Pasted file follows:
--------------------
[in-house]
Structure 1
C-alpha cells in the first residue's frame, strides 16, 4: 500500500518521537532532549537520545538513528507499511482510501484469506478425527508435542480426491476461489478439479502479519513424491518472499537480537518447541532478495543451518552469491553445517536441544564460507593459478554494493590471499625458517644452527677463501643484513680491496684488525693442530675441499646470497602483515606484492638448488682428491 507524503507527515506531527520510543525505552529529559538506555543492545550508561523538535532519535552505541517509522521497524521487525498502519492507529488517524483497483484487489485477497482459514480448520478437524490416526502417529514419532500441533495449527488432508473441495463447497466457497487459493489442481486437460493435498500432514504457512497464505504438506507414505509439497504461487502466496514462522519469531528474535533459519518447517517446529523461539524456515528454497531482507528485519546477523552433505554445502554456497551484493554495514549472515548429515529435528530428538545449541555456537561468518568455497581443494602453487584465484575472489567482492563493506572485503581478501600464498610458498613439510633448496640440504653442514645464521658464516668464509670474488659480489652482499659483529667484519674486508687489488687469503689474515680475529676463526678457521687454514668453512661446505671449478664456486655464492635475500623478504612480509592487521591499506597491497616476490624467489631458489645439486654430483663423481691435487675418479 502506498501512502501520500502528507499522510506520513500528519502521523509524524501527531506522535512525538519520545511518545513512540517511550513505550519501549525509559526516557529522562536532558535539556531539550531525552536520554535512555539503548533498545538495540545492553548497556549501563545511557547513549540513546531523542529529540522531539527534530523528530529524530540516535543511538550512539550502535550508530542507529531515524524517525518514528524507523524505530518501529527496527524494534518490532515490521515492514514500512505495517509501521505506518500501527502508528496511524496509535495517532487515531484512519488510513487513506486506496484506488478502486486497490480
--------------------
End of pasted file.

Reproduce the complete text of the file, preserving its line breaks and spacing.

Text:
[in-house]
Structure 1
C-alpha cells in the first residue's frame, strides 16, 4: 500500500518521537532532549537520545538513528507499511482510501484469506478425527508435542480426491476461489478439479502479519513424491518472499537480537518447541532478495543451518552469491553445517536441544564460507593459478554494493590471499625458517644452527677463501643484513680491496684488525693442530675441499646470497602483515606484492638448488682428491 507524503507527515506531527520510543525505552529529559538506555543492545550508561523538535532519535552505541517509522521497524521487525498502519492507529488517524483497483484487489485477497482459514480448520478437524490416526502417529514419532500441533495449527488432508473441495463447497466457497487459493489442481486437460493435498500432514504457512497464505504438506507414505509439497504461487502466496514462522519469531528474535533459519518447517517446529523461539524456515528454497531482507528485519546477523552433505554445502554456497551484493554495514549472515548429515529435528530428538545449541555456537561468518568455497581443494602453487584465484575472489567482492563493506572485503581478501600464498610458498613439510633448496640440504653442514645464521658464516668464509670474488659480489652482499659483529667484519674486508687489488687469503689474515680475529676463526678457521687454514668453512661446505671449478664456486655464492635475500623478504612480509592487521591499506597491497616476490624467489631458489645439486654430483663423481691435487675418479 502506498501512502501520500502528507499522510506520513500528519502521523509524524501527531506522535512525538519520545511518545513512540517511550513505550519501549525509559526516557529522562536532558535539556531539550531525552536520554535512555539503548533498545538495540545492553548497556549501563545511557547513549540513546531523542529529540522531539527534530523528530529524530540516535543511538550512539550502535550508530542507529531515524524517525518514528524507523524505530518501529527496527524494534518490532515490521515492514514500512505495517509501521505506518500501527502508528496511524496509535495517532487515531484512519488510513487513506486506496484506488478502486486497490480